A wine crime
Young aficiando or scofflaw?
By Tim Protzman firstname.lastname@example.org
The following is a description of a crime.
Darryl brought his son to a little tasting group we had. It was at Norman’s house, which is very nice, so I left the Wine Rookies home. They tend to be murder on Oriental carpets, what with the work boots and Mike, who sometimes forgets about his golf shoes.
The house had this big 1980s great room with a kitchen (lots of pine) and a fireplace and couches and a heavily varnished table made out of a barn door. Or made to look like it was made out of a barn door. The tasting was limited to Rhone wines, both red and white, and everyone knew what everyone else was bringing. We also paid Norman $5 apiece and he provided three bottles of a Bernard Burgaud 1999 Cote Rotie. The tasting was really nice. There were hot hors d’oeuvres, little phyllo dough puffs with ground Italian sausage and broccoli rabe filling. And cheese. Always cheese. Cheese is to wine tastings as snow is to Siberian winters. Or winters in Concord, which is shaping up to be the new Sverdlovsk. The wines were a mix of really good, the Cuilleron Condrieu white made of viognier and a racy, spicy little St. Joseph Domaine de la Faviere, and some other not bad but pretty ordinary bottles. I remember a Guigal, which I was dying to try, as being so-so.
The big surprise was Tyquon, dressed in Rocawear, totally Urban Contemporary, had a really good palate. The surprise was he’s only 19. Or 19 and a half, as he says. His palate had been trained by his dentist father. And although he lives in New Jersey, Tyquon sees him almost every weekend. Or he did, because now Tyquon has a life of his own. But they still talk and get together and sip wine and go to Rutgers football and basketball games.
Tyquon tasted flavors I only dream of. Red Gummi Bears, North Carolina-style barbecue sauce, beets, celery and caviar. And he could tell the varietals apart. We put a cheap Chilean merlot and a Twenty Rows Cabernet Sauvignon side by side and he knew which one was merlot and which was the cab. We all were very impressed. I got to talking with him, because besides his father, I’m the hippest one in the room. We talked about Ridge Vineyards (he’s not a big fan of zinfandel), Cabernet Franc and rap music with liquor, wine and Champagne mentioned in the title. I told him Squiggy’s idea to do a tasting book on all the potables mentioned by name in Rap/Hip-Hop and Urban Contemporary songs. He thought it would never be up to date because rappers love the grape and I laughed. Then the police came in and we were all arrested for providing alcohol to a minor.
We had a great evening and we went home. Tyquon did not drive; Darryl did. But it still was illegal. This was made painfully clear to me by annoying Jo-ellen. Even the way she spells her name annoys me. She works in one of our satellite offices for the job I do that pays for my wine and allows me to pursue my hobby of drinking wine and rambling on about it to 21st-century teenagers like Tyquon. Jo-ellen is so politically correct that she had our Christmas Party changed to a Holiday Gathering. I used to forward her any e-mail I got with prayers, religion, angels, God and puppies to her until she complained.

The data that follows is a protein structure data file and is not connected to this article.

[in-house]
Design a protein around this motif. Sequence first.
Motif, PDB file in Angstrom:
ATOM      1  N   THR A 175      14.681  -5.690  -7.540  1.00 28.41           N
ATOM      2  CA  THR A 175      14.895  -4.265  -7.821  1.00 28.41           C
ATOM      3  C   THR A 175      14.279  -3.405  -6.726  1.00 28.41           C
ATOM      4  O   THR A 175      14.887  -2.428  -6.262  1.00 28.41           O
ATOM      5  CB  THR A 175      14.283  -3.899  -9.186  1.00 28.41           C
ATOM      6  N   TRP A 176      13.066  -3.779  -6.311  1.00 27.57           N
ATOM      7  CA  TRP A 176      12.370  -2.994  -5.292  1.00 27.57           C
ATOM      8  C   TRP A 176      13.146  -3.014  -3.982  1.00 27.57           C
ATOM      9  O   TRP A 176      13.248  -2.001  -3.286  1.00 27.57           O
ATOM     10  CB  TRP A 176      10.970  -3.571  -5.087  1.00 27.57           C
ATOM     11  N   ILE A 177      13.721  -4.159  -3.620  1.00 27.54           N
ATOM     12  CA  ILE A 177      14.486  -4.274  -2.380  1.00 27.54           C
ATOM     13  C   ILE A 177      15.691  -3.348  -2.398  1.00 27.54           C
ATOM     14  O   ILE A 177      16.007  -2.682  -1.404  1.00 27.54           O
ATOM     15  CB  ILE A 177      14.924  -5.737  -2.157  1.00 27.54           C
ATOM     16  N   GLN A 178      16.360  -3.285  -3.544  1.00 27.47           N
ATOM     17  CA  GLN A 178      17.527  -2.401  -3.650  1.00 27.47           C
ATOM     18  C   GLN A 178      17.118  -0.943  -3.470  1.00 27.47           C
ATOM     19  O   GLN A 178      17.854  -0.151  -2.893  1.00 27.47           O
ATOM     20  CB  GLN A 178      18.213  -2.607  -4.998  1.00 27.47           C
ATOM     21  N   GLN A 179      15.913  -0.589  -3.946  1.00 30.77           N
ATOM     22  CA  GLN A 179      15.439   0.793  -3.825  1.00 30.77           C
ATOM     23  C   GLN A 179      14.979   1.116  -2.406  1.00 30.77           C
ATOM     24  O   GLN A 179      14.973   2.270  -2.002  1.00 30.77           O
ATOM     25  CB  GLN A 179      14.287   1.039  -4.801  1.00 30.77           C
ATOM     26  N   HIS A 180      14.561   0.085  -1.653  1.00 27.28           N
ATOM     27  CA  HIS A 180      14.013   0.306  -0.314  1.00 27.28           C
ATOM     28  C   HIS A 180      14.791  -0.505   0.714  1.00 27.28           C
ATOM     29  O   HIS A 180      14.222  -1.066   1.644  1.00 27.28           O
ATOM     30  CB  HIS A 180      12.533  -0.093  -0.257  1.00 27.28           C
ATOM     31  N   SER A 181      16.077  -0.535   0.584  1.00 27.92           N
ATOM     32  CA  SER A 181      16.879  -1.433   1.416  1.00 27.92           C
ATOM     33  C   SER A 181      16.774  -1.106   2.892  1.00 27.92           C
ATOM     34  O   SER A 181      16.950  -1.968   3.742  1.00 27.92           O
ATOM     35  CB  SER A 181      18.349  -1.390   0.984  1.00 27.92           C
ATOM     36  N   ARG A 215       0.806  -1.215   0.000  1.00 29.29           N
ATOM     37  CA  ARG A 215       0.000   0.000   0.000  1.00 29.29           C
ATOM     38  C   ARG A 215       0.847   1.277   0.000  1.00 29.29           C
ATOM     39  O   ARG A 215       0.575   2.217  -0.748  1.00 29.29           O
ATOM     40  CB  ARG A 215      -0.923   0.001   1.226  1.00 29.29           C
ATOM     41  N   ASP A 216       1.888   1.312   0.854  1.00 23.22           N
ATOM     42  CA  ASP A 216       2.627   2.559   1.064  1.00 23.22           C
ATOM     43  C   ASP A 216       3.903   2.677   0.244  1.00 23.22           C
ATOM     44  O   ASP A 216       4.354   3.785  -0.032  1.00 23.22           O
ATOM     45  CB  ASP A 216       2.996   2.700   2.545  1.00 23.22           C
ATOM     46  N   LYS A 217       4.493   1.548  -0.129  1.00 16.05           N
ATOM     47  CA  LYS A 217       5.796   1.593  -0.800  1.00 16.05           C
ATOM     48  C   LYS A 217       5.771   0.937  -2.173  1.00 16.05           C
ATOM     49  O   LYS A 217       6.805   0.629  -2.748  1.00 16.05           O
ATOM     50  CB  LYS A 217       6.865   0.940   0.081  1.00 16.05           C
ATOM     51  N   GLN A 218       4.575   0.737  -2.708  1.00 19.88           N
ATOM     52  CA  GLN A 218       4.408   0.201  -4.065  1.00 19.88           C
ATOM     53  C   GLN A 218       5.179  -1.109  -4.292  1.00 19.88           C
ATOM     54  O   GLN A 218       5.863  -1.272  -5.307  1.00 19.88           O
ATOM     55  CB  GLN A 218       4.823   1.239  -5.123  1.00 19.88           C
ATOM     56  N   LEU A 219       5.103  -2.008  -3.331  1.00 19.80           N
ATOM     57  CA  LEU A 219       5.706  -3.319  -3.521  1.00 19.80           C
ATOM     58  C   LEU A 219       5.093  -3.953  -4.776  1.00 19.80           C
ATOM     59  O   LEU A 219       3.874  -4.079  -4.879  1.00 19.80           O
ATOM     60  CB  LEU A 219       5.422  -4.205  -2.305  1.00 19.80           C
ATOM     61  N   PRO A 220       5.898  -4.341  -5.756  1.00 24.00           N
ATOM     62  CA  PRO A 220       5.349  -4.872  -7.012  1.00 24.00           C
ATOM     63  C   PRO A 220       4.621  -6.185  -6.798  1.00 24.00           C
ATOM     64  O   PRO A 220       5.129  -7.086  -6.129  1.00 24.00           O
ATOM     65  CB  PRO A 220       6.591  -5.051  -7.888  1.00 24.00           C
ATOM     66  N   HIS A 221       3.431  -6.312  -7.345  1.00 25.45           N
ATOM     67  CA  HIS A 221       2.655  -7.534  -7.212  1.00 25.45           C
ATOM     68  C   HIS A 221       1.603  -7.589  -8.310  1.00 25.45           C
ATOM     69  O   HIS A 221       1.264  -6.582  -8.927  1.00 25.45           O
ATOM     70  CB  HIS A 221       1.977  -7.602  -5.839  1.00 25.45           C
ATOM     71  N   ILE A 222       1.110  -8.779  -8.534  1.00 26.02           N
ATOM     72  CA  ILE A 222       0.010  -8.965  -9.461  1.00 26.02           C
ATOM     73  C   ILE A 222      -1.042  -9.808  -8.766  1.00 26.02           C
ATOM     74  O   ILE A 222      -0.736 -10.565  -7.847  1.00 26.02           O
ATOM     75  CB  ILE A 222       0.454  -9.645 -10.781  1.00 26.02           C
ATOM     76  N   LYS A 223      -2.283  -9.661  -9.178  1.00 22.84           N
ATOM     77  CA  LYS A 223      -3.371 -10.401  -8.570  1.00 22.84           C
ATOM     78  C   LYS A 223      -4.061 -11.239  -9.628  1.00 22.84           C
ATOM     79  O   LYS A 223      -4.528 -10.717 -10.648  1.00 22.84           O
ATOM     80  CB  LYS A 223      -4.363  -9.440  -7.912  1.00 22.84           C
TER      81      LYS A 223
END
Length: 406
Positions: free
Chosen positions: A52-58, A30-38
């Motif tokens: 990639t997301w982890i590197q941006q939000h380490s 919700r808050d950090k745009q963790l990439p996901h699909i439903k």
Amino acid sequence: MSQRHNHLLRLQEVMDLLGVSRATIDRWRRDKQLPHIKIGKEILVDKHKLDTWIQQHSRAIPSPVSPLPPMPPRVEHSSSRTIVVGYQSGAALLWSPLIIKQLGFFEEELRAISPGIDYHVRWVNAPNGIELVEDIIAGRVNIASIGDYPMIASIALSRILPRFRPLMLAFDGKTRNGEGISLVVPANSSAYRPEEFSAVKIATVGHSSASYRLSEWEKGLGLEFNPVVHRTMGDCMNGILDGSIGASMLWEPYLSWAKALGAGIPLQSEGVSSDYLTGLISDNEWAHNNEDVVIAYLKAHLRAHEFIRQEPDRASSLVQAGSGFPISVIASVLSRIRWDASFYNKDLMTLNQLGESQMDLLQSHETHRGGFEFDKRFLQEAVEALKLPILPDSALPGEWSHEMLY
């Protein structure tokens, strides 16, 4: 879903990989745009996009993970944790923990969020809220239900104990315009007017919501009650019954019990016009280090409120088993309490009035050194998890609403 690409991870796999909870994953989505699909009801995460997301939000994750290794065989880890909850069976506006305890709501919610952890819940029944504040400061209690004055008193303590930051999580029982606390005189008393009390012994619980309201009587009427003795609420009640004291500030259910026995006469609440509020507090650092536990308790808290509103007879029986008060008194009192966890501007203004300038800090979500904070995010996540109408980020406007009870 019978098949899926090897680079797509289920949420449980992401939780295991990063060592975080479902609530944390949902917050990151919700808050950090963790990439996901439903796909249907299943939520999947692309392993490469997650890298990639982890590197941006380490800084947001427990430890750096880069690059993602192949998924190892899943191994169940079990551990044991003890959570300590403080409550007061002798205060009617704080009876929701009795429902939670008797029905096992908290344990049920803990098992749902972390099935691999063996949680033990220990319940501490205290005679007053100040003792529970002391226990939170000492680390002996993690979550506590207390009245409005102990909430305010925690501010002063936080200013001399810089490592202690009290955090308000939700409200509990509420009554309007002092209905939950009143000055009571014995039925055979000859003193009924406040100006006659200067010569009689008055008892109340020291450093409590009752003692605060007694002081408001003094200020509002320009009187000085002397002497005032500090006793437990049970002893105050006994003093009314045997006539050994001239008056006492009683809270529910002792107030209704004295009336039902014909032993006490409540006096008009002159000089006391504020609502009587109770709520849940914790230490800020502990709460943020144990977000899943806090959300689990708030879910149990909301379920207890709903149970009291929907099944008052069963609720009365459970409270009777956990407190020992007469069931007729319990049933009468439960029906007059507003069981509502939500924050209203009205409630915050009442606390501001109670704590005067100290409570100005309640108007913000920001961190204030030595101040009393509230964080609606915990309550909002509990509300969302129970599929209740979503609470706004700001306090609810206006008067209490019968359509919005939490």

“You DO know I’m an atheist! Don’t you?” she growled.
She was so artificially incensed I considered setting up a separate Hotmail account under an assumed name just so I could send her red-state propaganda and Hallmark religious e-cards.
I just wish that people who don’t care for something would just shut up about it already. We don’t need to know how you suffered and how it’s now your crusade to ban things like paintball guns just because your moron kid accidentally shot one up his nose and you had to sit in the Elliot ER for five hours on a Saturday night, causing you to miss Bingo.
Poor Greg was like that. He was a victim of mine at college, who found it necessary to say things like, “Yech! You’re eating the three-bean salad. I HATE three-bean salad.”
Which in itself wouldn’t have been so bad, but it was the constant blah, blah, blah of adverse reactions to: aardvarks, ants, guns, stainless steel, ABBA, bubble gum and Tony the Tiger from Frosted Flakes (who according to Greg should have been a woman, because the main customers for Frosted Flakes were males aged 9 to 27. Strangely, I find that threatening and am slightly excited by the prospect of big, strong tiger comforting me with sugary snacks over the breakfast table).
Greg ended up wearing the greater portion of my three-bean salad that day and complained that the oil stains didn’t come out in the wash.
Jo-ellen informed me that serving a minor alcohol was illegal!
Surely there was some loophole?
“But he was with his father,” I countered.
I was so sure that in the privacy of our own homes we could offer a sip or taste of wine to our offspring, that I called the Liquor Commission. And Jo-ellen was right. It is illegal to give alcohol to a minor. But it’s not really enforced. It might be if you had three beers with your kid and then he went to pick up his friend or a pizza and got caught. But it is just plain against the law. And while they don’t come into your home and enforce it, they could if they wanted to.
I know how much damage drinking does, but don’t we want to teach our kids how to enjoy wine?
This is why I’ll be paying extra close attention to the candidates when I vote this year. In fact, I might even vote twice!